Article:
Gint Aras on letting go of anger and poultry.
I had a turkey stolen off my porch this weekend.
My friend, Inga, had called me several weeks ago to ask if I wanted a “…turkey the size of a Volkswagen.” I said that yes, I wanted it (even though I don’t have room for it in my freezer).
Her husband decided to drop it off this past Saturday. He had tried to get in touch with me but I had left my phone out of audible distance. I was putting my son to bed in a dark house when my daughter came up and said, “Dad, there was someone making ding dong.” (She’s three.)
I had not heard the doorbell. I don’t ever dispute my daughter’s claims about reality (even when she’s telling me that giraffes are getting haircuts in our yard, I see them myself) and went out to see if some solicitors or preachers were out in the dark street. I saw no one and figured kids had been out selling chocolates for their schools. Our neighborhood sees them very often and they move quickly.
Apparently, in the time between my friend dropping this turkey off (one that had been the size of a Volkswagen) and the time it had taken me to come out on the porch—this could not have been more than twenty minutes—the turkey disappeared. There is no animal (besides a person) in our community who could take a turkey this size, certainly not a frozen one.
Prior to having started my Zen practice, I would have been furious and depressed. I would have blamed myself for not hearing the doorbell, and I would have been calling my friend with every possible apology. Amazingly, I don’t feel this way, not in the least. I actually feel a gentle elation.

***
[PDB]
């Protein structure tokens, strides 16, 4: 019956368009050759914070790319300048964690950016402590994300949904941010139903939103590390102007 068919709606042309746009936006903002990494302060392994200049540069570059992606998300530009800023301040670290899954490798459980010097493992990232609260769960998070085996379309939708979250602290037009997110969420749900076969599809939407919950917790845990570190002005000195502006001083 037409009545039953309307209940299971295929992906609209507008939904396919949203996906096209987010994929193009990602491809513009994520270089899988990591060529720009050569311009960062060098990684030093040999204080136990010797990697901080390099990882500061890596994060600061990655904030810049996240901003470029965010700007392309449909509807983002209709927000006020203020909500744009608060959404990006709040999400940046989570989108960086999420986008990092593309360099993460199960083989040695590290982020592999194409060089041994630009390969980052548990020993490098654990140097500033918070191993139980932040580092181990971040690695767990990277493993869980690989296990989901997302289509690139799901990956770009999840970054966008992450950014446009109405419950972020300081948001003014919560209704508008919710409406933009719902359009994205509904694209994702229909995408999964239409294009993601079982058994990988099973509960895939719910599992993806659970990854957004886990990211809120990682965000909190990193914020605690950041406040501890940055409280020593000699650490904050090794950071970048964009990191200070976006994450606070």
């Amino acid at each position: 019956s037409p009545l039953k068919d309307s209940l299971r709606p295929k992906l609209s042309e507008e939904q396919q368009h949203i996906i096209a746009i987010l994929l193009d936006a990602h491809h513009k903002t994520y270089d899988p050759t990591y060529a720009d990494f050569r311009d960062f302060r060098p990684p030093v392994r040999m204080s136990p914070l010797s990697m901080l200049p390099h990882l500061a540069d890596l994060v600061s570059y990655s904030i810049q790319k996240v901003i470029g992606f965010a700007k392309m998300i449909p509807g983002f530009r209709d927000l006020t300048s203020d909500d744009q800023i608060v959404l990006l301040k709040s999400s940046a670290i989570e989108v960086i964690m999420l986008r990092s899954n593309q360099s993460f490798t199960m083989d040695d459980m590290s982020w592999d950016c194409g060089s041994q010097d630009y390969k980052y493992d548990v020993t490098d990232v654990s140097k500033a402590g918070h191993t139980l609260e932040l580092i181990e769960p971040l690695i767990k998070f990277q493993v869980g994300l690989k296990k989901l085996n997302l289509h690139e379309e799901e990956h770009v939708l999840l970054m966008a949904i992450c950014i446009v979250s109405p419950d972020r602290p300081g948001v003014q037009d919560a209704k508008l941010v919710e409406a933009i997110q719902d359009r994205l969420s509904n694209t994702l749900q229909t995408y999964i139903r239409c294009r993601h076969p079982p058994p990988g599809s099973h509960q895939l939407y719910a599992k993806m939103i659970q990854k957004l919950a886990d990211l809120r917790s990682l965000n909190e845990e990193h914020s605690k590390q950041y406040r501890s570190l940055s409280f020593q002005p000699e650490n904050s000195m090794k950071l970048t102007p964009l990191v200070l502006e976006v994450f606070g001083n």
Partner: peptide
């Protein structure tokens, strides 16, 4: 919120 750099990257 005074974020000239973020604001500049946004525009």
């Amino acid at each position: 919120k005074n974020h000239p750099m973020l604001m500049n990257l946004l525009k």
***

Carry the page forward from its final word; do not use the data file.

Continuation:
I do not need a turkey. I will only have two visitors this Thanksgiving and they, Europeans, would rather eat fish. My plan was to smoke the turkey with a friend and then to divide it up among people. It seems I won’t need to do the work. The turkey found someone all on its own, someone who is needy or does not have the will to buy or shoot one. Perhaps it was someone who could buy his own turkey but now feels jubilation.
“A score! These fools left a turkey on their porch! Idiots! It’s mine!”
I am sincerely happy for this person. I really do hope the bird feeds a large number of people. I hope the person who prepares it does it with care and interest, and I hope the person who took it feels the freedom to tell everyone at their table how thankful he is that a turkey had been waiting for him on a stranger’s porch.
It had never been my turkey. This experience makes it clear. No turkey is ever ours. I’m so thankful to be able to see this with clarity and peace.
This article originally appeared at Liquid Ink